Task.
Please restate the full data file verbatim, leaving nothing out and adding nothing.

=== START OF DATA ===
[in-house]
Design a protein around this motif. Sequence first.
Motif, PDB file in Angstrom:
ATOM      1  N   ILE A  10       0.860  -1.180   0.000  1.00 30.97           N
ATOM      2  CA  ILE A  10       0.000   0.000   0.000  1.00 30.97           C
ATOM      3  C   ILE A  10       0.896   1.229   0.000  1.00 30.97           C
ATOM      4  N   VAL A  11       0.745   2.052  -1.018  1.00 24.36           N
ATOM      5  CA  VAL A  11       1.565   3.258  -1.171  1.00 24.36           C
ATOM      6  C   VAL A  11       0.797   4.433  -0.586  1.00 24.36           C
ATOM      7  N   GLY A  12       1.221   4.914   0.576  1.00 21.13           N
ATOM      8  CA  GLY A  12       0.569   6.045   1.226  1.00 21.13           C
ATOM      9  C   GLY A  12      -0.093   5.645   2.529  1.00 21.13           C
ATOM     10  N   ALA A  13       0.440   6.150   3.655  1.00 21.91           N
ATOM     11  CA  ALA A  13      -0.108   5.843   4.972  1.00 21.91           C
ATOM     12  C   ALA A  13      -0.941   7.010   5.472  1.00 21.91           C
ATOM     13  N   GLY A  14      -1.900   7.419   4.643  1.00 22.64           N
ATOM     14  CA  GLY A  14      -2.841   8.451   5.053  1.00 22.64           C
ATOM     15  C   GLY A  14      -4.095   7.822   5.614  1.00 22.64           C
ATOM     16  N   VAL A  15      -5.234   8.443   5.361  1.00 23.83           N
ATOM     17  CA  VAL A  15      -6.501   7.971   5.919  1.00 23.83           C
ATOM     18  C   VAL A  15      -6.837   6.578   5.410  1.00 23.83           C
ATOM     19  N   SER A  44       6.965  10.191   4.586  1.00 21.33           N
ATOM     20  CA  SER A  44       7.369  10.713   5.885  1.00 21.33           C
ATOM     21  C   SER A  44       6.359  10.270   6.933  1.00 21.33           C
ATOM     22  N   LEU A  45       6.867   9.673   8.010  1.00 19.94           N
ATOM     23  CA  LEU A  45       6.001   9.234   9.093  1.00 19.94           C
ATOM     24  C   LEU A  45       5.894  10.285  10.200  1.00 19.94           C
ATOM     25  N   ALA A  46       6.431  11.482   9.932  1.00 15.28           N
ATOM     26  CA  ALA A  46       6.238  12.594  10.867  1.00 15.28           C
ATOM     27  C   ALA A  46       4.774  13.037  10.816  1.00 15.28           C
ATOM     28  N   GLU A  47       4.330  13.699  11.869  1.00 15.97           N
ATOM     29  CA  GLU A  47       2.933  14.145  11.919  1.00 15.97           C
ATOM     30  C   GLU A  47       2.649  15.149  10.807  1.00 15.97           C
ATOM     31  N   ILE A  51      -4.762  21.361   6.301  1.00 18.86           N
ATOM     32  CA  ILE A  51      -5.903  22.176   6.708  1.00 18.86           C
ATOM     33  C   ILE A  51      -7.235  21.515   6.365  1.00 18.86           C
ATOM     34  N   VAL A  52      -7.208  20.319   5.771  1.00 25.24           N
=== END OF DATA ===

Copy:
[in-house]
Design a protein around this motif. Sequence first.
Motif, PDB file in Angstrom:
ATOM      1  N   ILE A  10       0.860  -1.180   0.000  1.00 30.97           N
ATOM      2  CA  ILE A  10       0.000   0.000   0.000  1.00 30.97           C
ATOM      3  C   ILE A  10       0.896   1.229   0.000  1.00 30.97           C
ATOM      4  N   VAL A  11       0.745   2.052  -1.018  1.00 24.36           N
ATOM      5  CA  VAL A  11       1.565   3.258  -1.171  1.00 24.36           C
ATOM      6  C   VAL A  11       0.797   4.433  -0.586  1.00 24.36           C
ATOM      7  N   GLY A  12       1.221   4.914   0.576  1.00 21.13           N
ATOM      8  CA  GLY A  12       0.569   6.045   1.226  1.00 21.13           C
ATOM      9  C   GLY A  12      -0.093   5.645   2.529  1.00 21.13           C
ATOM     10  N   ALA A  13       0.440   6.150   3.655  1.00 21.91           N
ATOM     11  CA  ALA A  13      -0.108   5.843   4.972  1.00 21.91           C
ATOM     12  C   ALA A  13      -0.941   7.010   5.472  1.00 21.91           C
ATOM     13  N   GLY A  14      -1.900   7.419   4.643  1.00 22.64           N
ATOM     14  CA  GLY A  14      -2.841   8.451   5.053  1.00 22.64           C
ATOM     15  C   GLY A  14      -4.095   7.822   5.614  1.00 22.64           C
ATOM     16  N   VAL A  15      -5.234   8.443   5.361  1.00 23.83           N
ATOM     17  CA  VAL A  15      -6.501   7.971   5.919  1.00 23.83           C
ATOM     18  C   VAL A  15      -6.837   6.578   5.410  1.00 23.83           C
ATOM     19  N   SER A  44       6.965  10.191   4.586  1.00 21.33           N
ATOM     20  CA  SER A  44       7.369  10.713   5.885  1.00 21.33           C
ATOM     21  C   SER A  44       6.359  10.270   6.933  1.00 21.33           C
ATOM     22  N   LEU A  45       6.867   9.673   8.010  1.00 19.94           N
ATOM     23  CA  LEU A  45       6.001   9.234   9.093  1.00 19.94           C
ATOM     24  C   LEU A  45       5.894  10.285  10.200  1.00 19.94           C
ATOM     25  N   ALA A  46       6.431  11.482   9.932  1.00 15.28           N
ATOM     26  CA  ALA A  46       6.238  12.594  10.867  1.00 15.28           C
ATOM     27  C   ALA A  46       4.774  13.037  10.816  1.00 15.28           C
ATOM     28  N   GLU A  47       4.330  13.699  11.869  1.00 15.97           N
ATOM     29  CA  GLU A  47       2.933  14.145  11.919  1.00 15.97           C
ATOM     30  C   GLU A  47       2.649  15.149  10.807  1.00 15.97           C
ATOM     31  N   ILE A  51      -4.762  21.361   6.301  1.00 18.86           N
ATOM     32  CA  ILE A  51      -5.903  22.176   6.708  1.00 18.86           C
ATOM     33  C   ILE A  51      -7.235  21.515   6.365  1.00 18.86           C
ATOM     34  N   VAL A  52      -7.208  20.319   5.771  1.00 25.24           N